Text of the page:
Hugh Ferriss‘ renderings, at their best, are some of the most evocative examples of American art of the previous century. His renderings were at once broadly and lastingly influential (just look at the set design of Batman or Sky Captain and the World of Tomorrow for proof of this) However, for all their timelessness, they also captured the unique aesthetic spirit of an age. For all the influence he had, one would think everyone would know who Hugh Ferriss was.
The setting of his best renderings is night, but not just any night. It is a night where his buildings radiate light and life, and that’s because something is happening in them. Sometimes, the night is glamorous and his buildings are beacons of light. Other times, the night has become menacing and heavier, but the buildings still radiate light, and are shelters from that night. This often results in a very layered space, similar to Piranesi, in which bright objects in the distance are pushing dark objects in the foreground out towards the viewer.
Perhaps among his best known works is a series of sketches which show the development of form as it responds to building set-back requirements in zoning codes. Organic Processes in design development are here evident, as crystals seem to morph into buildings, their forms the logical result of the maximization of available light for the city below:
This sketch series, well-known to all Architects, but little known outside the profession, is an illustration of an Artist fully engaged in his society, aware of the social implications of his work. He is inspired by the zoning regulations, and his work springs from them. Hugh Ferriss is no Howard Roark.
Hugh designed no notable buildings, but together with his book, The Metropolis of Tomorrow, his body of renderings was enormously influential to many Architects, set designers, cinematographers.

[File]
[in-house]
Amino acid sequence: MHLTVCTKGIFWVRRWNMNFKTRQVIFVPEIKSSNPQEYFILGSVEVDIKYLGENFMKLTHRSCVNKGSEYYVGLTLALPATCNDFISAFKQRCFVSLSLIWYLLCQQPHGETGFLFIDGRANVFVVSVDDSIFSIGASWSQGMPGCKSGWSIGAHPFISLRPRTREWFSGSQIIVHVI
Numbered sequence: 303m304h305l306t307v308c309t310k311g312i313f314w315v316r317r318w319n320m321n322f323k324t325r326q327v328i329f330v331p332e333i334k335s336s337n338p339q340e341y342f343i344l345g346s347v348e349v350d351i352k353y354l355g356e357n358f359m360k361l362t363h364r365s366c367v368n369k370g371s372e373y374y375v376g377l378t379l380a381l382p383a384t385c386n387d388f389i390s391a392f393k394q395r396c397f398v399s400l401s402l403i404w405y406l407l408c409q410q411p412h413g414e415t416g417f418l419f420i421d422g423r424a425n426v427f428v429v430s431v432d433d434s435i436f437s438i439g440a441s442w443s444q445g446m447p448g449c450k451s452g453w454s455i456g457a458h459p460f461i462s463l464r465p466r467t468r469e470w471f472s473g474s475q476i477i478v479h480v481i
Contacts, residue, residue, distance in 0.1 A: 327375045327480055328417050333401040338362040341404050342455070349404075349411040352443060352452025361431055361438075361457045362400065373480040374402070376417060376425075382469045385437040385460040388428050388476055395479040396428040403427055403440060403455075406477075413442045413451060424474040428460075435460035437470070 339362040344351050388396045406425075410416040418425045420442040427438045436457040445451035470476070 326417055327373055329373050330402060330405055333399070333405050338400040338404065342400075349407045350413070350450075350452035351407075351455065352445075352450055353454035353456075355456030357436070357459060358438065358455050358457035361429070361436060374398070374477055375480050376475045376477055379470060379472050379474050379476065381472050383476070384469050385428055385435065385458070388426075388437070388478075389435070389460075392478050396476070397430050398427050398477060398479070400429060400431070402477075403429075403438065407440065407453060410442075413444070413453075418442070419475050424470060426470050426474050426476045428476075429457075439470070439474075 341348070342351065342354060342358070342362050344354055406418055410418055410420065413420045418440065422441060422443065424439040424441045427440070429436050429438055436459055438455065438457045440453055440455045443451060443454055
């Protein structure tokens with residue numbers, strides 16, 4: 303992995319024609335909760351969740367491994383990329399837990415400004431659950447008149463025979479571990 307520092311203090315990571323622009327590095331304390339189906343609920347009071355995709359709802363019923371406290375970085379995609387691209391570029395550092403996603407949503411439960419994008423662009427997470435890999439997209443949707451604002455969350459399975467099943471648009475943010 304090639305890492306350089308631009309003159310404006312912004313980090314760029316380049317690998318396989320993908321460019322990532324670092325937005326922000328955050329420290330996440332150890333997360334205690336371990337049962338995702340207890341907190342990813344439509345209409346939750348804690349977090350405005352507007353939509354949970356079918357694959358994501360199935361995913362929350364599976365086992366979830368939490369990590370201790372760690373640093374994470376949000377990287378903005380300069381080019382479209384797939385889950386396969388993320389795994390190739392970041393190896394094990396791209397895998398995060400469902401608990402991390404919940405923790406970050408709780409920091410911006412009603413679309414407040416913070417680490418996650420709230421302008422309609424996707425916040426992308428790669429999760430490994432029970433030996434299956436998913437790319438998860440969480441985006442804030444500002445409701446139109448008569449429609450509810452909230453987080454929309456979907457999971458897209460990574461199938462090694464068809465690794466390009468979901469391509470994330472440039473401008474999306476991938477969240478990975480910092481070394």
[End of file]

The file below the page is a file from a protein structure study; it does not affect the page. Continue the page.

One of the copies of The Metropolis of Tomorrow found its way into my grandfather’s book store, near the corner of Taylor and Olive in Saint Louis, Missouri. After that bookstore went belly-up in the 1930’s it eventually found its way into my hands, and as a Nine or Ten year old reading that book, I immediately knew that I wanted to be an Architect. How lucky I was that my Grandfather’s bookstore didn’t fare the Great Depresssion.
So I am quite happy that his work is a little more available than it once was, in that you are reading this and seeing just a few of his sketches.
But what I am very unhappy about is that, although Columbia University has a collection of his renderings, they are only viewable using a proprietary file format (“Mr Sid” and, no I did not make up the file format name). They are, in effect, under lock and key, only available to those who would pay a tax to those holders of the proprietary technologies which have encumbered these files. This seems so needless and wasteful, especially since many of these renderings are now in the public domain.
This should be different; those images should be available for everyone to view. Perhaps they will be one day, I would ask all who believe these items should be available to everyone to email: email@example.com, and ask that these important works of art be made available to all.
Somewhere out there, in the night, a ten year old is sleeping, and waiting to be inspired.
The entire collection is now availabe on flickr! Someone just did it, I don’t think the Avery library was involved though:
Tuesday, 3 June 2008 — enigmafoundry
I had blogged earlier about Hugh Ferris’s renderings, and about how wrong it is for Avery Library to keep his renderings locked up in a proprietary file format.
And web 2.0 to the rescue–kosmograd has put the whole collection up on flicker!